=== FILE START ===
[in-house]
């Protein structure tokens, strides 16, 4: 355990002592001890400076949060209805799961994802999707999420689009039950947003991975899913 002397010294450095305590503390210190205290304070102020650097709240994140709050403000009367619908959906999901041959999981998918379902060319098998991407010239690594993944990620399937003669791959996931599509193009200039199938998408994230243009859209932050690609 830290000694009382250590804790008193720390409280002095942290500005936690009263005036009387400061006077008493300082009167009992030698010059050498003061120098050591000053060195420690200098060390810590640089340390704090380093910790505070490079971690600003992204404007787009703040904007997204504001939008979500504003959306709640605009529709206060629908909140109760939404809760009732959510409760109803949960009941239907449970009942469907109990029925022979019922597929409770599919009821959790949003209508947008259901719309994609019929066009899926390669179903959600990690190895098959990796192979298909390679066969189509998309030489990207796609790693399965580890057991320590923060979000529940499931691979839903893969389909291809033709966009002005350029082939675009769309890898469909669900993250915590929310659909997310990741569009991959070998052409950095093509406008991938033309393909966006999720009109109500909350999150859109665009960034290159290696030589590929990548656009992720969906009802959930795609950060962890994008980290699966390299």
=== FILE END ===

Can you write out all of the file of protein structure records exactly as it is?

[in-house]
């Protein structure tokens, strides 16, 4: 355990002592001890400076949060209805799961994802999707999420689009039950947003991975899913 002397010294450095305590503390210190205290304070102020650097709240994140709050403000009367619908959906999901041959999981998918379902060319098998991407010239690594993944990620399937003669791959996931599509193009200039199938998408994230243009859209932050690609 830290000694009382250590804790008193720390409280002095942290500005936690009263005036009387400061006077008493300082009167009992030698010059050498003061120098050591000053060195420690200098060390810590640089340390704090380093910790505070490079971690600003992204404007787009703040904007997204504001939008979500504003959306709640605009529709206060629908909140109760939404809760009732959510409760109803949960009941239907449970009942469907109990029925022979019922597929409770599919009821959790949003209508947008259901719309994609019929066009899926390669179903959600990690190895098959990796192979298909390679066969189509998309030489990207796609790693399965580890057991320590923060979000529940499931691979839903893969389909291809033709966009002005350029082939675009769309890898469909669900993250915590929310659909997310990741569009991959070998052409950095093509406008991938033309393909966006999720009109109500909350999150859109665009960034290159290696030589590929990548656009992720969906009802959930795609950060962890994008980290699966390299």